Finishers:

Finishers are the game enders, where we have to figure out where we want to take the deck and how we win.

Murderous Redcap: Kills the opponents, and can take care of any pesky creatures on the way.

Venser, Shaper Savant: Bounce all the permanents that aren’t yours, and set everyone back to the stone age. Doesn’t end the game on that turn, but it might as well be.

Zulaport Cutthroat/Blood Artist: Drain for 1 for each loop.

Acidic Slime: Kill all the lands and mana rocks, one at a time.

Boonweaver Giant: This is another combo on top of the one we’re talking about already, we can put Pattern of Rebirth on the giant, and then start to tutor up all the big scary creatures we could want from our deck.

Soul’s Attendant/Soul Warden/Suture Priest: If life gain is your strategy, these are the cards you want. We just need Test of Endurance out and we will win the game on our next upkeep if no one stops us.

Stoneforge Mystic: Find the equipment needed to voltron your way to the winning position.

Value:

Finally, we need some way to get to our combo pieces without just running out of things to do before we get there. That’s where value cards comes into play. Looking through EDHREC, the following cards are in numerous decks for good reason because they provide answers to situations while keeping you alive.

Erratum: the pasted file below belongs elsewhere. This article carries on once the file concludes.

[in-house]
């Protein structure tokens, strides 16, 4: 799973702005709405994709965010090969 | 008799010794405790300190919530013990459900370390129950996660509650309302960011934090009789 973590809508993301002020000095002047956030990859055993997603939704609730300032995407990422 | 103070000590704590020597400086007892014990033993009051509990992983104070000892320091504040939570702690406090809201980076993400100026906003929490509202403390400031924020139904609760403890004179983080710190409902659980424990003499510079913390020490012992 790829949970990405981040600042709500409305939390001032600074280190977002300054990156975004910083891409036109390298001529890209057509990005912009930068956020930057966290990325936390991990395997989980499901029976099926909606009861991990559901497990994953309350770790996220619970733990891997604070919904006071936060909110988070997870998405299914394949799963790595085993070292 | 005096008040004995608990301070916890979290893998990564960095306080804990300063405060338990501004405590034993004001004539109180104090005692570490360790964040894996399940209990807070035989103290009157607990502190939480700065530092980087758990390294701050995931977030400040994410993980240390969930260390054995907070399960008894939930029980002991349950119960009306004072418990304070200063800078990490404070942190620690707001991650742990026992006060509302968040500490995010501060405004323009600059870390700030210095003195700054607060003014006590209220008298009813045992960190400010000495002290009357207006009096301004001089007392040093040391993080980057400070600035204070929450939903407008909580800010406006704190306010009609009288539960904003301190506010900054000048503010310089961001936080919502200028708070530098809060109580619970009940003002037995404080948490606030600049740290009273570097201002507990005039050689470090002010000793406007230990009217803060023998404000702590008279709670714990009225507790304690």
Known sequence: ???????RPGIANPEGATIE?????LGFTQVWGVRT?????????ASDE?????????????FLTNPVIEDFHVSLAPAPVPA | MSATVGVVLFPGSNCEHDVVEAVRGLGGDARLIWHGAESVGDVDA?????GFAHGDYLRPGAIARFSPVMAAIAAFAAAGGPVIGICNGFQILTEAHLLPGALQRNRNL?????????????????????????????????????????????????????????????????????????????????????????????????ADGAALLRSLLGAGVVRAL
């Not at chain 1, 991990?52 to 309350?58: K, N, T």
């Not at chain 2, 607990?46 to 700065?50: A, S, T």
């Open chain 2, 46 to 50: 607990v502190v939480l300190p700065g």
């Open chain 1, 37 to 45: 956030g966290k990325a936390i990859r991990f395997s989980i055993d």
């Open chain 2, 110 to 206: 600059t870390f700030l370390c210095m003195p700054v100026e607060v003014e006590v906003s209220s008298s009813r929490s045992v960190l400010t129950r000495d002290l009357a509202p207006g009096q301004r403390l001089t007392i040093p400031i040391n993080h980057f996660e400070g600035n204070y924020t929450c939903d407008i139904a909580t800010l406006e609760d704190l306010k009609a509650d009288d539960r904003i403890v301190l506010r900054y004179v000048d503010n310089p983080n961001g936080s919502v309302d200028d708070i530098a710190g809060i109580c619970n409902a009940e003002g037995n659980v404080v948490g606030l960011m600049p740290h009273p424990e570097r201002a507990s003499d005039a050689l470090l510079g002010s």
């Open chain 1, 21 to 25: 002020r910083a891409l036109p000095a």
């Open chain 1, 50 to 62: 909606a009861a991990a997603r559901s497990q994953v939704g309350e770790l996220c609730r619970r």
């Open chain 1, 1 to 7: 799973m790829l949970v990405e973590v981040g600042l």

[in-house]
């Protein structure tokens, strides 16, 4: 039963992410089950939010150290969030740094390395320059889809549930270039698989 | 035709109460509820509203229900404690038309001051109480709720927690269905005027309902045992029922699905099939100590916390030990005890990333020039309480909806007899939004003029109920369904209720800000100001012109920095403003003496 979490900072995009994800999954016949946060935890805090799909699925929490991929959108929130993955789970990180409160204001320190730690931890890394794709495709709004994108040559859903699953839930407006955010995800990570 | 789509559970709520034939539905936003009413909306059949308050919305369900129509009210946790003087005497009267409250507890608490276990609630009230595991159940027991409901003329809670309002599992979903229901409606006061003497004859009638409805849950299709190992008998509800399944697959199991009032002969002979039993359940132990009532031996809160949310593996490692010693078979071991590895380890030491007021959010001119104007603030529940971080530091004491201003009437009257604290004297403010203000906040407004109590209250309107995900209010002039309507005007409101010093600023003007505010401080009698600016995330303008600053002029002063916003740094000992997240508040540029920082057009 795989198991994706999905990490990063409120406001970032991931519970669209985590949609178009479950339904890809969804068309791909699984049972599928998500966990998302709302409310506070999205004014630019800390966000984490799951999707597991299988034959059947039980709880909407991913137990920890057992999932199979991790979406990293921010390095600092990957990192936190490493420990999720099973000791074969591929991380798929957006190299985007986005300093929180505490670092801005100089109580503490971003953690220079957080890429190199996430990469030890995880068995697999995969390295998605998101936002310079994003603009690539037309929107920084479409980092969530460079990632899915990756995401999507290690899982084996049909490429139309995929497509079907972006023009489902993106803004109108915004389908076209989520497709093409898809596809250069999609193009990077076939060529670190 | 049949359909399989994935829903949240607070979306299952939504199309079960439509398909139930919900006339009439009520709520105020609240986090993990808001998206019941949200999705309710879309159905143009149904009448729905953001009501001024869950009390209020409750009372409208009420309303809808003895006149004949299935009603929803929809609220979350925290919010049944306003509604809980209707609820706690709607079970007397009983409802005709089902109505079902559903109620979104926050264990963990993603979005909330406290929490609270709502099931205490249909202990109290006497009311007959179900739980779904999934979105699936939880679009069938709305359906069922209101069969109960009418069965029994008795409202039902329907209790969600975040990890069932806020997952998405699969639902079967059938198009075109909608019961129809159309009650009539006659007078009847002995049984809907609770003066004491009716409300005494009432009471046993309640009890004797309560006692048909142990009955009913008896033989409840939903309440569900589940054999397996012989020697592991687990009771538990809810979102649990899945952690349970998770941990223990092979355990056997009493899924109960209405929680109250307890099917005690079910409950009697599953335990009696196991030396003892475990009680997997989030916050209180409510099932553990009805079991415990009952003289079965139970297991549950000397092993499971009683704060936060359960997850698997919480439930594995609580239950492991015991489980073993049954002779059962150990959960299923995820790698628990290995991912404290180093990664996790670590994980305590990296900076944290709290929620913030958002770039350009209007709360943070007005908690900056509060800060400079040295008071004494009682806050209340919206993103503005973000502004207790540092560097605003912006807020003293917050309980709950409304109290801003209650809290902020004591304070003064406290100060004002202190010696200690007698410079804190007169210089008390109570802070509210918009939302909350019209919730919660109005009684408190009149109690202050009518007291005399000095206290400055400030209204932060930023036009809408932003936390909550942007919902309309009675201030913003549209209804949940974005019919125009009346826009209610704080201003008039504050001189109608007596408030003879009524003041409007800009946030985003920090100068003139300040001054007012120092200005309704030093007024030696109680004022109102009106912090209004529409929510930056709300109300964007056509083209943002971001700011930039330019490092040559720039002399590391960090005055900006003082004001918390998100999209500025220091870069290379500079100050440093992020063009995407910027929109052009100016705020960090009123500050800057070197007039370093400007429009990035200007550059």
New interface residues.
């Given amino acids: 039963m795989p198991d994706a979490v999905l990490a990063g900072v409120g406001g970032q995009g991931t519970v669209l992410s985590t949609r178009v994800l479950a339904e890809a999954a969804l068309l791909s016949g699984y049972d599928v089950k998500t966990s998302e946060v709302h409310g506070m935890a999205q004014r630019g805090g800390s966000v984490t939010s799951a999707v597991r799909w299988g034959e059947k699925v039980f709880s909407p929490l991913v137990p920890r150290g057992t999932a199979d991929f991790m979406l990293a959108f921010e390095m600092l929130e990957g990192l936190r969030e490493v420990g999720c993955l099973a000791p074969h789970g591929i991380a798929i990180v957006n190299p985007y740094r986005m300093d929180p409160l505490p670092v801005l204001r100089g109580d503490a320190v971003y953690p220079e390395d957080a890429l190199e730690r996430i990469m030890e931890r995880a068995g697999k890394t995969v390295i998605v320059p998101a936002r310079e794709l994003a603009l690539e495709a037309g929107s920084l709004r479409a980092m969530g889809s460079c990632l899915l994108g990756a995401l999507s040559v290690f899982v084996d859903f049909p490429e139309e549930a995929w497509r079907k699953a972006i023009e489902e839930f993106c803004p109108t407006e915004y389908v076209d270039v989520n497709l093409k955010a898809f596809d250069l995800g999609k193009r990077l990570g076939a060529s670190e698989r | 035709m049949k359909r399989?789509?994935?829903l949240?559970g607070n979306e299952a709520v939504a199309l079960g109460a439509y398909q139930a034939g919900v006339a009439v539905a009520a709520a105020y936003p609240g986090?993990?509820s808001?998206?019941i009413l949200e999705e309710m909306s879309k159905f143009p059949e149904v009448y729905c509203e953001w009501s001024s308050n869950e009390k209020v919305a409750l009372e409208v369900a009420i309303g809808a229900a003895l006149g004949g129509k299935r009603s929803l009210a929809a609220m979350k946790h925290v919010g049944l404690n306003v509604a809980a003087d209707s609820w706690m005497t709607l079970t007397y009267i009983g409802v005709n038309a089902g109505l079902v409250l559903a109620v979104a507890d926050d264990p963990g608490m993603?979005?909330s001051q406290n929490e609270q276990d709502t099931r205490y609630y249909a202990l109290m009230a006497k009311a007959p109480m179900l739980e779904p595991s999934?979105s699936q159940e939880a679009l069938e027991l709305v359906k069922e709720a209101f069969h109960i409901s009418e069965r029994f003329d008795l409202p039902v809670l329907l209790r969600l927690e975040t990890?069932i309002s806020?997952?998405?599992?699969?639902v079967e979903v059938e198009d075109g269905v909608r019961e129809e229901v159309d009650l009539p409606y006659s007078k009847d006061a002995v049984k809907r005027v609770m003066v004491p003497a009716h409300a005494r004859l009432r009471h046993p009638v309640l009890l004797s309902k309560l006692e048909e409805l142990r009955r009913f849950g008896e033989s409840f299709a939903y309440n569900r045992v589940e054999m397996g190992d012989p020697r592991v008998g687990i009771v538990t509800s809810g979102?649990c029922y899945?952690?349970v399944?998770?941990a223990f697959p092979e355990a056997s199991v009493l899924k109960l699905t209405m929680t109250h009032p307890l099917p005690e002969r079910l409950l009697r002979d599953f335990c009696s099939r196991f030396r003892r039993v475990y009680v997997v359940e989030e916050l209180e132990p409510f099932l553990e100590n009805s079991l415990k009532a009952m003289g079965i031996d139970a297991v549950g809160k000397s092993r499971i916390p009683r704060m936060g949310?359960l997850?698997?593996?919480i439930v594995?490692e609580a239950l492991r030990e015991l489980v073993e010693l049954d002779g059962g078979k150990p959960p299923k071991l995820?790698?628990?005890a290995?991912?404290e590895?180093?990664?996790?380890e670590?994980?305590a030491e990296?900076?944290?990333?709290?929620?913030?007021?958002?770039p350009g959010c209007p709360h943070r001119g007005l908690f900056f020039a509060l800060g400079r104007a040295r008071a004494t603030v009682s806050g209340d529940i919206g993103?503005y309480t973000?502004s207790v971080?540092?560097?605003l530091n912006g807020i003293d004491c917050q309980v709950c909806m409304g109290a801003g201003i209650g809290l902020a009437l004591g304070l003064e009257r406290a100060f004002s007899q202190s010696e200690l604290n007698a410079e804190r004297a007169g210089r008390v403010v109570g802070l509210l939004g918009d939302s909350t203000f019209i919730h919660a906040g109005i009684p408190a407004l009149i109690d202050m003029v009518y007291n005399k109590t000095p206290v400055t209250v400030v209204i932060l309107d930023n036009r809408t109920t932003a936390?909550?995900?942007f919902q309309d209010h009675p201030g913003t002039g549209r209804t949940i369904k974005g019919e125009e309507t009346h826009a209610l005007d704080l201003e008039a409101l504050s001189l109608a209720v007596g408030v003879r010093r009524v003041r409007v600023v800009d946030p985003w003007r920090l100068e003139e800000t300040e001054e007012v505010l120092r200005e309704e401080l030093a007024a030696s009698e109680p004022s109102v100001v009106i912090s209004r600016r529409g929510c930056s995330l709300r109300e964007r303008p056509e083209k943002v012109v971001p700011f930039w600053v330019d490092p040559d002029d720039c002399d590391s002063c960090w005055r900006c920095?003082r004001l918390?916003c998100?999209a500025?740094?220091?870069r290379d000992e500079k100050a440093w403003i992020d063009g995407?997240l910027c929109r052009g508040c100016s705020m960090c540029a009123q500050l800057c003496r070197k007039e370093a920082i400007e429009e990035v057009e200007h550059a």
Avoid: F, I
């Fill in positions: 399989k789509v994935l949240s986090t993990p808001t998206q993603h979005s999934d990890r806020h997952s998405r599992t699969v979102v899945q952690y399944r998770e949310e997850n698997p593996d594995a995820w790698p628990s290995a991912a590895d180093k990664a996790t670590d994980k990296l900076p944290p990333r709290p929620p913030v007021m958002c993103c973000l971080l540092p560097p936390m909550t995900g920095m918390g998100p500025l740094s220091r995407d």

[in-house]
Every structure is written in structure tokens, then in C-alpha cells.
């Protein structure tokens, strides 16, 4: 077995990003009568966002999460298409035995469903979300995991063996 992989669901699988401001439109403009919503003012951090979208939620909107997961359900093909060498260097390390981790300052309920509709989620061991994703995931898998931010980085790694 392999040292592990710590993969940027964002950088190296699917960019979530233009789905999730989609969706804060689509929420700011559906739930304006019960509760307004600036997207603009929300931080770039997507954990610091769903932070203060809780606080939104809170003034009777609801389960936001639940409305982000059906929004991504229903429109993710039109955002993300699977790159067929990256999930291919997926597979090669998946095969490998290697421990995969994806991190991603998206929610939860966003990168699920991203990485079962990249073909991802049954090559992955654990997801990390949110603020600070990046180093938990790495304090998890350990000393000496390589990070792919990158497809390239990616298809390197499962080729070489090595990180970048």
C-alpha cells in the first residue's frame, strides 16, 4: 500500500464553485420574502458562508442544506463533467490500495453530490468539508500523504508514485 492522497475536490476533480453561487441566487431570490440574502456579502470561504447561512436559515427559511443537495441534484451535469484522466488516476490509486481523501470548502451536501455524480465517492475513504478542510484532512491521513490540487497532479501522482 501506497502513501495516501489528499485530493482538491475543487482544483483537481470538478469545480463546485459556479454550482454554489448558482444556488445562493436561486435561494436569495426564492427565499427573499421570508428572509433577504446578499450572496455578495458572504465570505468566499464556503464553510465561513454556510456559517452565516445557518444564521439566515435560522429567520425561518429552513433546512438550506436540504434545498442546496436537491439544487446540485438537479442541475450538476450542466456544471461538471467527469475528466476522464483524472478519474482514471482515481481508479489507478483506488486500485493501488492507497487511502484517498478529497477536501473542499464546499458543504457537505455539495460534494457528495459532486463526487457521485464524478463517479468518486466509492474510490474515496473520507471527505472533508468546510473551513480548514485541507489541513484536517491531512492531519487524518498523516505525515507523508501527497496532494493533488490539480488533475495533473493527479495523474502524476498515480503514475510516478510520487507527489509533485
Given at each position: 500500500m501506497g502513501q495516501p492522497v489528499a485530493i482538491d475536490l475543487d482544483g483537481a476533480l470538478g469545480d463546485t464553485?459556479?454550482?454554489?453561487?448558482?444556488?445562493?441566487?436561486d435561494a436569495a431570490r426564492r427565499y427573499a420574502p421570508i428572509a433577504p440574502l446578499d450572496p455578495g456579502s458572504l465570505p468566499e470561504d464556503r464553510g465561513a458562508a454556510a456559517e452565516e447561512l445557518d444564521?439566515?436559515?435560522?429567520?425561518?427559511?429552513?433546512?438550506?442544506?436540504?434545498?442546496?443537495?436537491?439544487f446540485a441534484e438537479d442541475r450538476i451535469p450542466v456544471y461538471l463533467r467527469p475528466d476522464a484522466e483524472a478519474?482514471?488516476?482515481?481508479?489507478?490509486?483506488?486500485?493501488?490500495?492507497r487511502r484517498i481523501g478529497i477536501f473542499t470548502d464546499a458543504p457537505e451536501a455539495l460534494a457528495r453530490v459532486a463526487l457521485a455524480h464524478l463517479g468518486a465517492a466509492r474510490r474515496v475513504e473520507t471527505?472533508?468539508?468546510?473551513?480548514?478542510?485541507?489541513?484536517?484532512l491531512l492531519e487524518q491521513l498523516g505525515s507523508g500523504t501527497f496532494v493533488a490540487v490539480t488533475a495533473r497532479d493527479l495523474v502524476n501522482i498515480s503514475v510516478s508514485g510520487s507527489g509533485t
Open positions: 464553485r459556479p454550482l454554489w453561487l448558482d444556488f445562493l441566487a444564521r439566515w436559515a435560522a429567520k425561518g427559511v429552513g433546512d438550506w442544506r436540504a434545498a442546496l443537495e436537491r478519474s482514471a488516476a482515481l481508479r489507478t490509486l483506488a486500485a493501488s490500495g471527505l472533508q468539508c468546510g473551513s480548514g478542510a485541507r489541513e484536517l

Solemn Simulacrum: An engine to draw our deck and get play all of our basic lands.

Saffi Eriksdonner: Possible commander and a redundant effect for Karmic Guide.

Clone: Any clone effect will work here, we can double up on our own effects as well as get the best stuff on the board or graveyard in the case of Body Double.

Duplicant: Get rid of each creature on the board forever.

Reclamation Sage: Kill the artifacts and enchantments.

Farhaven Elf/Knight of the White Orchid: Ramp those lands out.

Eternal Witness: Get our stuff back that was so unfairly killed.